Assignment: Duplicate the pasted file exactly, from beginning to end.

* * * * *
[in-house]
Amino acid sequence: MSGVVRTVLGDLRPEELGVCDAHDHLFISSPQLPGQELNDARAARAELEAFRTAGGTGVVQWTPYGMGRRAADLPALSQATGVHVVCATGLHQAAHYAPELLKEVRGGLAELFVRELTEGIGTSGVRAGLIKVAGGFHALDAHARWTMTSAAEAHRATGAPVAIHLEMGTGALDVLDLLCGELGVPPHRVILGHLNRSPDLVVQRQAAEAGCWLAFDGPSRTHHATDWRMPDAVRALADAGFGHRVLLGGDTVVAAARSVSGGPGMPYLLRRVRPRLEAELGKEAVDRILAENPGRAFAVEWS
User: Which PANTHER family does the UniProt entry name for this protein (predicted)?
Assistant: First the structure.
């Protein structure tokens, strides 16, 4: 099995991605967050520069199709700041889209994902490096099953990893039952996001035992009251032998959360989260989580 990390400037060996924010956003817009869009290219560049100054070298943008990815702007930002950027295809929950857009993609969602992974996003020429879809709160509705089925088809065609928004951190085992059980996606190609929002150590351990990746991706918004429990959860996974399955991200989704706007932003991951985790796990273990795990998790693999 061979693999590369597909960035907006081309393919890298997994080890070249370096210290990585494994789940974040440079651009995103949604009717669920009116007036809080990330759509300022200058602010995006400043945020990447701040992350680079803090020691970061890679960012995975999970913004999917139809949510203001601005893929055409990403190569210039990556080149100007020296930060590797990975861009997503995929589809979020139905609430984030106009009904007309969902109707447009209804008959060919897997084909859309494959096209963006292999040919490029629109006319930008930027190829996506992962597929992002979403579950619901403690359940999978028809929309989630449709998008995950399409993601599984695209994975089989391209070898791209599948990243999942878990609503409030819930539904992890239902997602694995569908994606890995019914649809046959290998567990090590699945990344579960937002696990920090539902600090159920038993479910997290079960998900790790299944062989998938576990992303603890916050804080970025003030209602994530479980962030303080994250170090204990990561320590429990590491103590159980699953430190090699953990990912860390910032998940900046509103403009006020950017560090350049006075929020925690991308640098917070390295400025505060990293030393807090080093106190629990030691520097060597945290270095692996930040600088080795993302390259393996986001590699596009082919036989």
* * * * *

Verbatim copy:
[in-house]
Amino acid sequence: MSGVVRTVLGDLRPEELGVCDAHDHLFISSPQLPGQELNDARAARAELEAFRTAGGTGVVQWTPYGMGRRAADLPALSQATGVHVVCATGLHQAAHYAPELLKEVRGGLAELFVRELTEGIGTSGVRAGLIKVAGGFHALDAHARWTMTSAAEAHRATGAPVAIHLEMGTGALDVLDLLCGELGVPPHRVILGHLNRSPDLVVQRQAAEAGCWLAFDGPSRTHHATDWRMPDAVRALADAGFGHRVLLGGDTVVAAARSVSGGPGMPYLLRRVRPRLEAELGKEAVDRILAENPGRAFAVEWS
User: Which PANTHER family does the UniProt entry name for this protein (predicted)?
Assistant: First the structure.
């Protein structure tokens, strides 16, 4: 099995991605967050520069199709700041889209994902490096099953990893039952996001035992009251032998959360989260989580 990390400037060996924010956003817009869009290219560049100054070298943008990815702007930002950027295809929950857009993609969602992974996003020429879809709160509705089925088809065609928004951190085992059980996606190609929002150590351990990746991706918004429990959860996974399955991200989704706007932003991951985790796990273990795990998790693999 061979693999590369597909960035907006081309393919890298997994080890070249370096210290990585494994789940974040440079651009995103949604009717669920009116007036809080990330759509300022200058602010995006400043945020990447701040992350680079803090020691970061890679960012995975999970913004999917139809949510203001601005893929055409990403190569210039990556080149100007020296930060590797990975861009997503995929589809979020139905609430984030106009009904007309969902109707447009209804008959060919897997084909859309494959096209963006292999040919490029629109006319930008930027190829996506992962597929992002979403579950619901403690359940999978028809929309989630449709998008995950399409993601599984695209994975089989391209070898791209599948990243999942878990609503409030819930539904992890239902997602694995569908994606890995019914649809046959290998567990090590699945990344579960937002696990920090539902600090159920038993479910997290079960998900790790299944062989998938576990992303603890916050804080970025003030209602994530479980962030303080994250170090204990990561320590429990590491103590159980699953430190090699953990990912860390910032998940900046509103403009006020950017560090350049006075929020925690991308640098917070390295400025505060990293030393807090080093106190629990030691520097060597945290270095692996930040600088080795993302390259393996986001590699596009082919036989």